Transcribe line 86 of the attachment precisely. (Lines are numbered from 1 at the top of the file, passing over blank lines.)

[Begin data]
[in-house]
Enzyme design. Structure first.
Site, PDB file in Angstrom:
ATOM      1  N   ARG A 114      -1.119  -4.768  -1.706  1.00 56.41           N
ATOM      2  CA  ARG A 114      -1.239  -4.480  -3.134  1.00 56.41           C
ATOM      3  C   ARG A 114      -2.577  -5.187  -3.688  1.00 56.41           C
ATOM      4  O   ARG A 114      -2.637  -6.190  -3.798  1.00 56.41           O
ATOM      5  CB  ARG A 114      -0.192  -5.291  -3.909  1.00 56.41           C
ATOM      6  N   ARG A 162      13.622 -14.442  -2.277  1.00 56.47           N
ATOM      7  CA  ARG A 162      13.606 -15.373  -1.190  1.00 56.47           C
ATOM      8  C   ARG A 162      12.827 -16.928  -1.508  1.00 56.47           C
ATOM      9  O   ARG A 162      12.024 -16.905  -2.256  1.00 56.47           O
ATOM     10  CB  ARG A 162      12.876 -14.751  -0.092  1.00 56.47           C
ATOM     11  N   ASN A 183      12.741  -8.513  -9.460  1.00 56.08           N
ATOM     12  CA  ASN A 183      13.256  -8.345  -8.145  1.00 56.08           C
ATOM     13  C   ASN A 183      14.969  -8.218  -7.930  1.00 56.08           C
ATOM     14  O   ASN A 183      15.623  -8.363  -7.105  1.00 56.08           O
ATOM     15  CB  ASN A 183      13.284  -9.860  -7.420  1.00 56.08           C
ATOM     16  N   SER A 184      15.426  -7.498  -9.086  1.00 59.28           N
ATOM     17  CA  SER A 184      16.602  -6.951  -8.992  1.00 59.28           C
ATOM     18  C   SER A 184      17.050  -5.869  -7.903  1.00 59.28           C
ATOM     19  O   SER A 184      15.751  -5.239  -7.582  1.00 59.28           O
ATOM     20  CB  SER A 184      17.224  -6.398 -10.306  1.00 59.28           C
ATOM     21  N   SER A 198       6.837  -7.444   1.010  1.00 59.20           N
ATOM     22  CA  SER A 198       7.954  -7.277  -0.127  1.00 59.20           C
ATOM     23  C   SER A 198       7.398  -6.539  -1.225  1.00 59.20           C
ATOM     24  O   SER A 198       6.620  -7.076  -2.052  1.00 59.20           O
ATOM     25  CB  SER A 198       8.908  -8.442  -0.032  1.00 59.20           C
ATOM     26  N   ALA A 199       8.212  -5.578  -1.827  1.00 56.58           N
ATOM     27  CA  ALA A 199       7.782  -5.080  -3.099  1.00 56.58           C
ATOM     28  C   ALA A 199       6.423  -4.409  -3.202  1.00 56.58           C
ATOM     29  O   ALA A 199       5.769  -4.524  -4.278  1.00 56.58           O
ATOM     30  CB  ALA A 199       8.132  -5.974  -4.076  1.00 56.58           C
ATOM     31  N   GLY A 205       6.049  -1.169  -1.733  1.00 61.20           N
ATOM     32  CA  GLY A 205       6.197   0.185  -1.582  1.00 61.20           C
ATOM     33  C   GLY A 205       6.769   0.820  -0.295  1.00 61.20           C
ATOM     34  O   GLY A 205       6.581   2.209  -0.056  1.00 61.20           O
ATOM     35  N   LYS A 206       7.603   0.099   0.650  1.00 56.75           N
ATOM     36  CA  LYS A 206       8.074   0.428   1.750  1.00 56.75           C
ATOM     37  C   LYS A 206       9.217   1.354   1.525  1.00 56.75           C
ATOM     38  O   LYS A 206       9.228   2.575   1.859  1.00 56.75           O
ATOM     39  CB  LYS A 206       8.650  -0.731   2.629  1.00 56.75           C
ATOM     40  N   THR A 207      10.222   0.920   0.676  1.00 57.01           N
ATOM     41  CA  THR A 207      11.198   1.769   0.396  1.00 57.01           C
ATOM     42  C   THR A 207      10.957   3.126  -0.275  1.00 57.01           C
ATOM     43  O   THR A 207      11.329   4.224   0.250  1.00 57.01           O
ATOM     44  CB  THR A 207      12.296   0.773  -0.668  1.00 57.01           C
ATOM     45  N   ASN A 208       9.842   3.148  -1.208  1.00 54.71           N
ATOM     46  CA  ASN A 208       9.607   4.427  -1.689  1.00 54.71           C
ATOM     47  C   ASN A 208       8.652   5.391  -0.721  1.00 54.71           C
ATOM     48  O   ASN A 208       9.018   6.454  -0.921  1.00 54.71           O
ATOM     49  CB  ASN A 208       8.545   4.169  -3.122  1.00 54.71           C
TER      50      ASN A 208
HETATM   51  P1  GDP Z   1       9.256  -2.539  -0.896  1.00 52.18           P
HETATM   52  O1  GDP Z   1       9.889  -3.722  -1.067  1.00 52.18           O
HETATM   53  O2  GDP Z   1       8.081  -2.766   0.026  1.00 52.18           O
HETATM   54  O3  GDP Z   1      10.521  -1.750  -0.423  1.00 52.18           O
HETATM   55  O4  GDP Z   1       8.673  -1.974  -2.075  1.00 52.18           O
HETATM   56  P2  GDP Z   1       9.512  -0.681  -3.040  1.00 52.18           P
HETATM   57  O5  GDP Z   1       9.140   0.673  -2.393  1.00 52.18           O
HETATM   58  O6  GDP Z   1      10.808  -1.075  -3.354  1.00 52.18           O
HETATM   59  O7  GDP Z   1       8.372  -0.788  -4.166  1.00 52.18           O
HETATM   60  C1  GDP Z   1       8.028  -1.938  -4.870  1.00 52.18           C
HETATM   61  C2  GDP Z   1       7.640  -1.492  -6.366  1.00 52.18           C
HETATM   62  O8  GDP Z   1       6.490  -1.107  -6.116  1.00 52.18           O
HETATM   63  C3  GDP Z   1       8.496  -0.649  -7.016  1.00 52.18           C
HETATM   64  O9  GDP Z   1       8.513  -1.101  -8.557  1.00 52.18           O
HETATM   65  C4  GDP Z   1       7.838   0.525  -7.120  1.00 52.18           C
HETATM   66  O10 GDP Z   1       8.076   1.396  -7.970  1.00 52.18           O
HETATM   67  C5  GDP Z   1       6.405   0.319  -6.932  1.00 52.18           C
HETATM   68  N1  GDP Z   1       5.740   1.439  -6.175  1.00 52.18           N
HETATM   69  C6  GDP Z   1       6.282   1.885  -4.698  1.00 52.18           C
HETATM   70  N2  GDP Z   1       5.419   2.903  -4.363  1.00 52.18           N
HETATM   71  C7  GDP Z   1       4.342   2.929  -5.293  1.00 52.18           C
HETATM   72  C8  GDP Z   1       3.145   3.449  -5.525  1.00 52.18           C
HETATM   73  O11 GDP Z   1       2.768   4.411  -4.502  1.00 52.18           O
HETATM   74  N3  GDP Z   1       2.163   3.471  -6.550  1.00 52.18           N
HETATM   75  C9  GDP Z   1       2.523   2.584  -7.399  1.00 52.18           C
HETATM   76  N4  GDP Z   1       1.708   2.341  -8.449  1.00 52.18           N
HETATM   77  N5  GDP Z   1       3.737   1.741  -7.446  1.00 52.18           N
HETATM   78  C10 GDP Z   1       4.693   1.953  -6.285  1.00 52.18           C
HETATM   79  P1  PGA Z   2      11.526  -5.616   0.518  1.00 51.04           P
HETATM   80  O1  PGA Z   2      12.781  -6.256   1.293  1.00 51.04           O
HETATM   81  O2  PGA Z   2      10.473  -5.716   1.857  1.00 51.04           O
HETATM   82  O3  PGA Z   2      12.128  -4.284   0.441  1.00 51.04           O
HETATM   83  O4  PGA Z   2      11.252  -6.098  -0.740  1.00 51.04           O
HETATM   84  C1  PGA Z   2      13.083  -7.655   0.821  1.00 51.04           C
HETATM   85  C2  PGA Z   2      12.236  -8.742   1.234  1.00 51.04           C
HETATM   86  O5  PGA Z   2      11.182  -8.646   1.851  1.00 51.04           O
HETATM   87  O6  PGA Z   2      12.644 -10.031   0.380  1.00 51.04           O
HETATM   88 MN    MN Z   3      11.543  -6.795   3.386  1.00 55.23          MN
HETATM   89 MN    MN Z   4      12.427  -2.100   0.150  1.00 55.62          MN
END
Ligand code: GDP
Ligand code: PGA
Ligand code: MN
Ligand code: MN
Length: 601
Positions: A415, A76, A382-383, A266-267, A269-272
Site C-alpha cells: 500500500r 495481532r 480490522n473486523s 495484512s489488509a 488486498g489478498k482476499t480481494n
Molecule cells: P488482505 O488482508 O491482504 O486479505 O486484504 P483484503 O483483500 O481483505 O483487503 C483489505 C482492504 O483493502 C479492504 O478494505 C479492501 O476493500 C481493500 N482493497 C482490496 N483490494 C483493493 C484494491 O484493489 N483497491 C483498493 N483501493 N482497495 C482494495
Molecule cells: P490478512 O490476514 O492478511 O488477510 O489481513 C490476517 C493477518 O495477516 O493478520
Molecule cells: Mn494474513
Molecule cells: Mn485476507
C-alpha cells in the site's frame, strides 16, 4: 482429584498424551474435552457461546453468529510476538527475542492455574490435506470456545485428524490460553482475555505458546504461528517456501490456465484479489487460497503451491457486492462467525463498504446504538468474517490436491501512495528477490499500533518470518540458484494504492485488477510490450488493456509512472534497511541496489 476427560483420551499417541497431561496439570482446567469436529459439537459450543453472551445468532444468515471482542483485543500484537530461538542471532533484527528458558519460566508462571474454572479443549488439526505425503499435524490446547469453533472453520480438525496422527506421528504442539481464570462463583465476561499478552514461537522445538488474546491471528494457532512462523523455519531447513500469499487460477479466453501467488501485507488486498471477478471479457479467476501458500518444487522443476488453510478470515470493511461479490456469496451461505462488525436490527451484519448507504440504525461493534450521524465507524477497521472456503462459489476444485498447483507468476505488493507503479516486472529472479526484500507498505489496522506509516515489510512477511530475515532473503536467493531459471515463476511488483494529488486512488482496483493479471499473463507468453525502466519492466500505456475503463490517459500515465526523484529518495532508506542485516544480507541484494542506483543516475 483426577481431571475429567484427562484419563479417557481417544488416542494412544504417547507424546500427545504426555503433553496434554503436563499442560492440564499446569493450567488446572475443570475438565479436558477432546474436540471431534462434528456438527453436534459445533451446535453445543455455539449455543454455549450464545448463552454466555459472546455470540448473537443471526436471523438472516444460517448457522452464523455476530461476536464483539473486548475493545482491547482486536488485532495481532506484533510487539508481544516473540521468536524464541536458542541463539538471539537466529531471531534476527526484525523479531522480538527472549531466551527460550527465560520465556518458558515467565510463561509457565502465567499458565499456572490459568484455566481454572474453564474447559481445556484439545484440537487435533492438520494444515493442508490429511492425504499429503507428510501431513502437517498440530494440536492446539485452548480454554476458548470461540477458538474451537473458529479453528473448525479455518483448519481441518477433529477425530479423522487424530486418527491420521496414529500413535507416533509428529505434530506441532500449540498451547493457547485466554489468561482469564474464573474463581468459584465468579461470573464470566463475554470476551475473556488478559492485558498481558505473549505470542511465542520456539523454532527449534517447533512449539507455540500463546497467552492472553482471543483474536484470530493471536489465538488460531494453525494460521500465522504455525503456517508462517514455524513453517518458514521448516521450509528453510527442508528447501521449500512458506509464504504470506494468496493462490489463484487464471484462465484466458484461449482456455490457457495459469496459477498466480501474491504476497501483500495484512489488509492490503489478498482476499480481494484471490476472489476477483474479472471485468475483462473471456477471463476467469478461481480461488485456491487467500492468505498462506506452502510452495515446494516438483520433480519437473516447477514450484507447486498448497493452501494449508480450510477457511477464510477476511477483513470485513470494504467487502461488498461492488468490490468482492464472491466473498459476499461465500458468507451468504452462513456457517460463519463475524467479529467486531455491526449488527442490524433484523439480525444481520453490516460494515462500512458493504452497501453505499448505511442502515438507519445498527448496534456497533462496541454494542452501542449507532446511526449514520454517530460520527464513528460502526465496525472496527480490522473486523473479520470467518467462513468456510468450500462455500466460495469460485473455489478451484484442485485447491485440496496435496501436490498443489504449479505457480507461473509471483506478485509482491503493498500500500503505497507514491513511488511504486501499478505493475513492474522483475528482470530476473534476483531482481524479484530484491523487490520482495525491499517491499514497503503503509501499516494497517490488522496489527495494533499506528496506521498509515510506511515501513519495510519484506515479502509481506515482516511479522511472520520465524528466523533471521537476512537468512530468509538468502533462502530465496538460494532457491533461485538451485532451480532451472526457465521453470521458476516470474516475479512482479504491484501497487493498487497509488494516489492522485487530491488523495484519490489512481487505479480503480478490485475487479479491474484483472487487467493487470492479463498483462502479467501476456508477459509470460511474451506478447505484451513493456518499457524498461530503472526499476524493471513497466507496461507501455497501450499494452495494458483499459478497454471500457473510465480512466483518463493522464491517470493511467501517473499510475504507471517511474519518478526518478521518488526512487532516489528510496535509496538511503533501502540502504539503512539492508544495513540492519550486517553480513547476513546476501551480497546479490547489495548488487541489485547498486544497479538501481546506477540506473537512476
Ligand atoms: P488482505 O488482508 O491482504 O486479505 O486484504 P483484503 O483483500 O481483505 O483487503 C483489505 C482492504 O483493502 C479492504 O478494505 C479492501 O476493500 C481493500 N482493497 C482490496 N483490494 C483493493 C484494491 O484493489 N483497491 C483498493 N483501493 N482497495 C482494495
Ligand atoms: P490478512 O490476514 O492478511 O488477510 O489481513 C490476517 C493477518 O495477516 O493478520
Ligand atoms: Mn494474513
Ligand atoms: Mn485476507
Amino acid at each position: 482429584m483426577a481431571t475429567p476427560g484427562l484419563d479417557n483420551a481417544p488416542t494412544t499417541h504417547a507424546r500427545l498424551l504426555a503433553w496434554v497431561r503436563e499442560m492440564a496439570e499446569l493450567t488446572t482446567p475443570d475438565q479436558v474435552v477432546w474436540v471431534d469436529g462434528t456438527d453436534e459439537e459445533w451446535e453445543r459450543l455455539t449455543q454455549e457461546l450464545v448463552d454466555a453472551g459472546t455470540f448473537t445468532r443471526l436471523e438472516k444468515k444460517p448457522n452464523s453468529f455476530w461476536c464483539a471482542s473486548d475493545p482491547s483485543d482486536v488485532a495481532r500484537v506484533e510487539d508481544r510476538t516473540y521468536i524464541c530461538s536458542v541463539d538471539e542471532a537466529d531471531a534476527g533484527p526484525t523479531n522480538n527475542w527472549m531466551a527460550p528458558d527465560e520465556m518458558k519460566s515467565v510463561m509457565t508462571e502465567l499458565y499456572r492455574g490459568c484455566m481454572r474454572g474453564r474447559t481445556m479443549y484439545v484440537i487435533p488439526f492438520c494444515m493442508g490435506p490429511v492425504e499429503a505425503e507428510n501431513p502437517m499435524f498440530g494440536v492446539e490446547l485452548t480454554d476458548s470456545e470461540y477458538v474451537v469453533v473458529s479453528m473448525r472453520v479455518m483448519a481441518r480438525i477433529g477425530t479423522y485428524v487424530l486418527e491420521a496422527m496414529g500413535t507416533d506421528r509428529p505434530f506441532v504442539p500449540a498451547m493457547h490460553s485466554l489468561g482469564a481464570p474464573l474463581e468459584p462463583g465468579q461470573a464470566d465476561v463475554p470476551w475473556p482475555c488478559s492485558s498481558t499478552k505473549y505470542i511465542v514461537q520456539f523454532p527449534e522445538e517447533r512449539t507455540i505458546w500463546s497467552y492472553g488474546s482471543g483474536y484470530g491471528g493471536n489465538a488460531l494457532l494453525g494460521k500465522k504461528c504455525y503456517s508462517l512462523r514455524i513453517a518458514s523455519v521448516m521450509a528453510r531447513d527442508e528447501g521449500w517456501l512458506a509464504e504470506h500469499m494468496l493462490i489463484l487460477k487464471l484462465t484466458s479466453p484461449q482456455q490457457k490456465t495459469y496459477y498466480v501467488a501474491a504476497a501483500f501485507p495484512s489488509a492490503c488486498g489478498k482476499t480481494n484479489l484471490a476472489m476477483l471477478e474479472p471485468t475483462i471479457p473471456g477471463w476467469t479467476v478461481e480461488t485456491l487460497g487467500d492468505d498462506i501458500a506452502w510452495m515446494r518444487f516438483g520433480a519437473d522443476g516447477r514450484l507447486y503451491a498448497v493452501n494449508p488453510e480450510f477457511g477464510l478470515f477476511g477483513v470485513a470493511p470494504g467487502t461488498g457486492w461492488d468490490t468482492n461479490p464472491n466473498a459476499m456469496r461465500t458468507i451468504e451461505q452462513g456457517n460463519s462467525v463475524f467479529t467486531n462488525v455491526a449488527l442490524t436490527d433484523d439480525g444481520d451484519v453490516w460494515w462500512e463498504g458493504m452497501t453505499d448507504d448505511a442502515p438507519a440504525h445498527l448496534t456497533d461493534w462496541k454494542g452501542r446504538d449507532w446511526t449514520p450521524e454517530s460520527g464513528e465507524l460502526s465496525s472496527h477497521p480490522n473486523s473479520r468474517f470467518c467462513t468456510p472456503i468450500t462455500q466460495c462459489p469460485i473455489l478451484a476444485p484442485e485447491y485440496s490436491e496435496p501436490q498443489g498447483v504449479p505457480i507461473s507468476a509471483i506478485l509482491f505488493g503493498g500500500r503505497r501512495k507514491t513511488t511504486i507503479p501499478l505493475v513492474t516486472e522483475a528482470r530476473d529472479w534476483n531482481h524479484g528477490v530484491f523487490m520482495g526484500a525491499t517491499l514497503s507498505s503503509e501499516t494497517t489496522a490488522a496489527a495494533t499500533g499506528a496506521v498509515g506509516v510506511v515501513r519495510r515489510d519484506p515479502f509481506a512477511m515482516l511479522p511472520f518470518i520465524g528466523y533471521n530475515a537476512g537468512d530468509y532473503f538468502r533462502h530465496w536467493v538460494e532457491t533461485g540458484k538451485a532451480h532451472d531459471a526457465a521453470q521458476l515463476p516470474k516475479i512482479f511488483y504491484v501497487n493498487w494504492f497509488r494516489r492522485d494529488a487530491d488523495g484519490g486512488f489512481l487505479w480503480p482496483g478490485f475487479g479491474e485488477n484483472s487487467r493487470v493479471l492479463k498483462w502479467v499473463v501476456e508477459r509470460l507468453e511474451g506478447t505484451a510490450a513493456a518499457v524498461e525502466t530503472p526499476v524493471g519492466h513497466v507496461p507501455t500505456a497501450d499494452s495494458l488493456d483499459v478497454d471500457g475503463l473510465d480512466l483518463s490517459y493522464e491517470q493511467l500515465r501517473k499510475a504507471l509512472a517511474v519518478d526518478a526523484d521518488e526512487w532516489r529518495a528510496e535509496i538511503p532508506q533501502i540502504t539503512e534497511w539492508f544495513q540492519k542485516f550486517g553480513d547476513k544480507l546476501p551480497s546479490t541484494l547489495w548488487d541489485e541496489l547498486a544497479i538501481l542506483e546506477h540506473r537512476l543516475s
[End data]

HETATM   83  O4  PGA Z   2      11.252  -6.098  -0.740  1.00 51.04           O